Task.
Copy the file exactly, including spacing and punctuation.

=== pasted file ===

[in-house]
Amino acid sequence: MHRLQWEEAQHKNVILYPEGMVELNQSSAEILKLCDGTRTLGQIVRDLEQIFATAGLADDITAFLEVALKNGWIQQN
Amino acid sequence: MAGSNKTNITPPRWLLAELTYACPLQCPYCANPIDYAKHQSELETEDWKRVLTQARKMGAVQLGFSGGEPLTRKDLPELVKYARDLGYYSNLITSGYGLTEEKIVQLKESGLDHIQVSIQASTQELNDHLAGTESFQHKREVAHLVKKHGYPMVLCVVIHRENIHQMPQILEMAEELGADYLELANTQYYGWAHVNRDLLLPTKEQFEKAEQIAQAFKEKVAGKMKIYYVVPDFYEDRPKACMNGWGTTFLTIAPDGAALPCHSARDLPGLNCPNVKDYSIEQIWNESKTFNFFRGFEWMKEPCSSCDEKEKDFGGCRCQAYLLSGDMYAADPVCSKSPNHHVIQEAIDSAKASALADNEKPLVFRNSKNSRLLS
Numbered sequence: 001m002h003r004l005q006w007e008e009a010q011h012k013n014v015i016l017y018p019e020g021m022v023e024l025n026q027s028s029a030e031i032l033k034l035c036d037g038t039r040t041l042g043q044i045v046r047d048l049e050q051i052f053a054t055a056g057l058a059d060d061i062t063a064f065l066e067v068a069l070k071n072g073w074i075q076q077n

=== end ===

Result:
[in-house]
Amino acid sequence: MHRLQWEEAQHKNVILYPEGMVELNQSSAEILKLCDGTRTLGQIVRDLEQIFATAGLADDITAFLEVALKNGWIQQN
Amino acid sequence: MAGSNKTNITPPRWLLAELTYACPLQCPYCANPIDYAKHQSELETEDWKRVLTQARKMGAVQLGFSGGEPLTRKDLPELVKYARDLGYYSNLITSGYGLTEEKIVQLKESGLDHIQVSIQASTQELNDHLAGTESFQHKREVAHLVKKHGYPMVLCVVIHRENIHQMPQILEMAEELGADYLELANTQYYGWAHVNRDLLLPTKEQFEKAEQIAQAFKEKVAGKMKIYYVVPDFYEDRPKACMNGWGTTFLTIAPDGAALPCHSARDLPGLNCPNVKDYSIEQIWNESKTFNFFRGFEWMKEPCSSCDEKEKDFGGCRCQAYLLSGDMYAADPVCSKSPNHHVIQEAIDSAKASALADNEKPLVFRNSKNSRLLS
Numbered sequence: 001m002h003r004l005q006w007e008e009a010q011h012k013n014v015i016l017y018p019e020g021m022v023e024l025n026q027s028s029a030e031i032l033k034l035c036d037g038t039r040t041l042g043q044i045v046r047d048l049e050q051i052f053a054t055a056g057l058a059d060d061i062t063a064f065l066e067v068a069l070k071n072g073w074i075q076q077n